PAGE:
Despite such means as the Extreme Mustang Makeover, a promotional competition that gives trainers 100 days to gentle and train 100 mustangs, which are then adopted through an auction, to try increase the number of horses adopted, adoption numbers do not come close to finding homes for the excess horses. Ten thousand foals were expected to be born on range in 2017, whereas only 2500 horses were expected to be adopted. Alternatives to roundups for on range population control include fertility control, either by PZP injection or spaying mares, culling and natural regulation.
Captured horses are freeze branded on the left side of the neck by the BLM, using the International Alpha Angle System, a system of angles and alpha-symbols that cannot be altered. The brands begin with a symbol indicating the registering organization, in this case the U.S. Government, then two stacked figures indicating the individual horse's year of birth, then the individual registration number. Captured horses kept in sanctuaries are also marked on the left hip with four inch-high Arabic numerals that are also the last four digits of the freeze brand on the neck.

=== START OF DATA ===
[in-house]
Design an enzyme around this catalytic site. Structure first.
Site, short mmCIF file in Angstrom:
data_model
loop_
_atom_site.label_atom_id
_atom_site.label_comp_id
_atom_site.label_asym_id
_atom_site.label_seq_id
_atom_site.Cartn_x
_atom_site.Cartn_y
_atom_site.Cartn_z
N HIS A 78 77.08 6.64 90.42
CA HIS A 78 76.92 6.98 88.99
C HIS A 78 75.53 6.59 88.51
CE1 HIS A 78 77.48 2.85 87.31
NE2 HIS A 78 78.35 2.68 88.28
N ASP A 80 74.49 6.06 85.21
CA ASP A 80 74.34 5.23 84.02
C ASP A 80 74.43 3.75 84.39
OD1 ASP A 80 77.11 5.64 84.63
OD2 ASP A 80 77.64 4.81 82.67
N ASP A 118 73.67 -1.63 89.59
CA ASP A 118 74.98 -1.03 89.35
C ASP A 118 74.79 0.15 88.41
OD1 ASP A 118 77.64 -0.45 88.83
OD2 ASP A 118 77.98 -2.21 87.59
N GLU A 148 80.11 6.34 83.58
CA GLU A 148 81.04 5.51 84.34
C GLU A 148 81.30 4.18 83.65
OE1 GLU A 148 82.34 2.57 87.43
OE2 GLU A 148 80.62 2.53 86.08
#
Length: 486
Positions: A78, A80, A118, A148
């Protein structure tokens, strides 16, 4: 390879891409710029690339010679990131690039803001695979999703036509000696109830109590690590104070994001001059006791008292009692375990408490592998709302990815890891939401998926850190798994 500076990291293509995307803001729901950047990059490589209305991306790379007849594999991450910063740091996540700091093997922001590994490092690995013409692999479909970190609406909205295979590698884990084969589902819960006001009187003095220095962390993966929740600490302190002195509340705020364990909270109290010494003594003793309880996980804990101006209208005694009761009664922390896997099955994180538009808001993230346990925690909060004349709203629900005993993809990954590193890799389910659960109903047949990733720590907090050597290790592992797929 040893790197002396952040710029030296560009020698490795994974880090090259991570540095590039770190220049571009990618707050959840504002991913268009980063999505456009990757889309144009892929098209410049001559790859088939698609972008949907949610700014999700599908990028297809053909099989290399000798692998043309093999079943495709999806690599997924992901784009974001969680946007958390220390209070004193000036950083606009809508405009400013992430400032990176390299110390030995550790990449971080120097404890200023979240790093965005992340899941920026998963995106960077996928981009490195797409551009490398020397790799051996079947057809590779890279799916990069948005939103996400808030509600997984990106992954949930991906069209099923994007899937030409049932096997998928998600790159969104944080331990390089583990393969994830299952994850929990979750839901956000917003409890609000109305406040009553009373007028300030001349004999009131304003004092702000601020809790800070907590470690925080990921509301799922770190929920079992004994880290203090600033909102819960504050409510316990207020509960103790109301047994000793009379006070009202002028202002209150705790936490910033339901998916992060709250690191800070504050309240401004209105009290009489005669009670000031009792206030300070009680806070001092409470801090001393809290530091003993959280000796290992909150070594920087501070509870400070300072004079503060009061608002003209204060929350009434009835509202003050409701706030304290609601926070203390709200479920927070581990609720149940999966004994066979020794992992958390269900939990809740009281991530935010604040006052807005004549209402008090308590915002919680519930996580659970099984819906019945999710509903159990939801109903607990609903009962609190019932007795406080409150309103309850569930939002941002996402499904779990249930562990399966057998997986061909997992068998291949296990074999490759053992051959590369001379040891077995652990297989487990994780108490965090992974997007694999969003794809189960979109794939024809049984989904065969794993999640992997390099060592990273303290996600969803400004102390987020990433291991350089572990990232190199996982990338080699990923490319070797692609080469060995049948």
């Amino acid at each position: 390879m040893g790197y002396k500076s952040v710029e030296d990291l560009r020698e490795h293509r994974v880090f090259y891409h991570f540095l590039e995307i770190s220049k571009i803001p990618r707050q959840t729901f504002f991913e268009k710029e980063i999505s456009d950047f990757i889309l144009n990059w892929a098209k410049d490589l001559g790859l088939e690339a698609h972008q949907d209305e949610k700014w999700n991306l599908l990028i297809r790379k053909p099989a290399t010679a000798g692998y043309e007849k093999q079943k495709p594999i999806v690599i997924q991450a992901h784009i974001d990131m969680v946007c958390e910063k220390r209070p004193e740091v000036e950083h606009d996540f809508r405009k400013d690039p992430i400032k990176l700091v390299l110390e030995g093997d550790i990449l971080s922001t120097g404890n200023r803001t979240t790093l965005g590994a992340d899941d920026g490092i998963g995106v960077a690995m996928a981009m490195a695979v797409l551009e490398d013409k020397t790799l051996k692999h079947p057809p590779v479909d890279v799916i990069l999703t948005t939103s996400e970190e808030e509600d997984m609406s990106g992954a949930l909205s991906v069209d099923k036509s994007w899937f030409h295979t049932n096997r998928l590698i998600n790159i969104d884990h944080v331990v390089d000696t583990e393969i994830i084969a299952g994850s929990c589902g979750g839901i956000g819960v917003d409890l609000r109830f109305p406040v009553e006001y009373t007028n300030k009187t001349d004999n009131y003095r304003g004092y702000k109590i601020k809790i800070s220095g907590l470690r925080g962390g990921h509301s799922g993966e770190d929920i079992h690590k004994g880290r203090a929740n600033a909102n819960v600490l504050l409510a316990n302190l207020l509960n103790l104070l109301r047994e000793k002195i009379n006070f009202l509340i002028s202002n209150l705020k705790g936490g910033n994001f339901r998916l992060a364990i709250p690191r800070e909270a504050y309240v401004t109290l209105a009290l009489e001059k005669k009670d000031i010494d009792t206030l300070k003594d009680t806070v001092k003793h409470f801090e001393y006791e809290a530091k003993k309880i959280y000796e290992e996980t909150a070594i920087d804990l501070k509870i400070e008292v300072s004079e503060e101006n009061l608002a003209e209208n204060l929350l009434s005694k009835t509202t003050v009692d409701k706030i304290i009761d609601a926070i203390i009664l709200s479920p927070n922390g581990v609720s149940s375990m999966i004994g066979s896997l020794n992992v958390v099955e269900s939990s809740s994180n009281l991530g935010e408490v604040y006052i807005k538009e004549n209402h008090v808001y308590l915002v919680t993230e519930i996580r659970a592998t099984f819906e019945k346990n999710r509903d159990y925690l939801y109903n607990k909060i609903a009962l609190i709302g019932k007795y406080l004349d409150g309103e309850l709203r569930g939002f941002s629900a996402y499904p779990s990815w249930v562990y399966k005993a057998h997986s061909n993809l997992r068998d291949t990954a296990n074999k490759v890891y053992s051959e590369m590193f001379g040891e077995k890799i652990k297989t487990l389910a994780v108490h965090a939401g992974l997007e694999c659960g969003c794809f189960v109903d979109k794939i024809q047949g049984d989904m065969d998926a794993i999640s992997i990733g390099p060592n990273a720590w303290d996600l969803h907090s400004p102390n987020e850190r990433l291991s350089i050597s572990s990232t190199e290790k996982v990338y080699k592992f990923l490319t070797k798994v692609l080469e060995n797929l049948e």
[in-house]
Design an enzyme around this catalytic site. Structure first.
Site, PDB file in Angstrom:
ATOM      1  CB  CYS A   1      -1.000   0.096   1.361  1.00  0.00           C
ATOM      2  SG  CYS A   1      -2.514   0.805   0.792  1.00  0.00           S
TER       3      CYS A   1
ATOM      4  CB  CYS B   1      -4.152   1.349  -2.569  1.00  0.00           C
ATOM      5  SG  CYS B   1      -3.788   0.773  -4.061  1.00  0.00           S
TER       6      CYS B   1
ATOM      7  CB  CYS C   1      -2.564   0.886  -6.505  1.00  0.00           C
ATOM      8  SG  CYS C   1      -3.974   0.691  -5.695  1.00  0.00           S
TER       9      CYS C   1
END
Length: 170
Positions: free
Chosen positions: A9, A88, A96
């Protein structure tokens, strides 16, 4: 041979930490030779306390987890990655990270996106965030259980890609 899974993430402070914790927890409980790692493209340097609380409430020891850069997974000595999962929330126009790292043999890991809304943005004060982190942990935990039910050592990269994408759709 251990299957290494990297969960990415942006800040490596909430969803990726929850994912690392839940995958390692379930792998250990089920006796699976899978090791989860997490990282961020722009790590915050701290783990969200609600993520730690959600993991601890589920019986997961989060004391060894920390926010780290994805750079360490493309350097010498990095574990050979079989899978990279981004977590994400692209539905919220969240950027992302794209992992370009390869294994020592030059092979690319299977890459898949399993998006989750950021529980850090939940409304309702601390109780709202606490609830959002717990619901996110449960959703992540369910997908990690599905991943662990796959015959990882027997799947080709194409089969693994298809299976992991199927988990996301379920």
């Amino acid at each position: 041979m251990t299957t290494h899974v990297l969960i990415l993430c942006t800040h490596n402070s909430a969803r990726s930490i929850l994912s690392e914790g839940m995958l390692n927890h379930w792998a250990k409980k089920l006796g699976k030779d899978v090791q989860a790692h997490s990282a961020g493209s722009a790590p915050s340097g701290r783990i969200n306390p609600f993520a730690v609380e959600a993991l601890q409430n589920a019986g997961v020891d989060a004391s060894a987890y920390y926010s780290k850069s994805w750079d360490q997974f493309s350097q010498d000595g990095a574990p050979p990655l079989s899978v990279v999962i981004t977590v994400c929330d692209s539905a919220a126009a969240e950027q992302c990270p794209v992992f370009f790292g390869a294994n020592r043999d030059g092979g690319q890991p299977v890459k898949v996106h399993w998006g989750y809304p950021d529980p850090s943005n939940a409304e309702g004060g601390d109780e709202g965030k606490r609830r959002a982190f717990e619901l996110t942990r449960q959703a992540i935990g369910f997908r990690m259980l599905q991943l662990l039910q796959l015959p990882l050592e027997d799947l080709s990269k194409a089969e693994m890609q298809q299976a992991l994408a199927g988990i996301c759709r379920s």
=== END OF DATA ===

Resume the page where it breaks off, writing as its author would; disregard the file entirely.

"Don't Shop ... Please Adopt"
If you can’t find the pet you’re looking for on Petfinder, don’t give up. Some shelters maintain waiting lists for specific breeds, so don’t be afraid to ask! There are also breed-specific rescues for just about every breed, and most of them post their pets on Petfinder. (Petfinder can even e-mail you when a pet that fits your criteria is posted — just click “Save this Search” at the top of your search results page.)
Jeff Gold, Founder, Rescue Me! Animal Rescue Network
Jeff Gold lives in Watkinsville, Georgia on the same property as Rescue Me's Animal Rehabilitation Center, with 18 rescue animals. Shown with him in the photo to the left are Maggie, Izzie and Cortez. In 2003, after learning there was nobody doing boxer rescue work in Georgia, Gold founded Boxertown, an organization which helped find homes for over 500 boxers during its first two years. Based upon this success, Gold came up with the vision for Rescue Me! ― a network which helps all breeds of dogs, cats and other animals find good homes, anywhere in the world. RescueShelter.com is also a free service of Rescue Me! and provides the world's largest and most up-to-date directory of animal rescue organizations for all breeds of dogs, cats and other animals, including a comprehensive directory of wildlife rehabilitators in over 150 countries.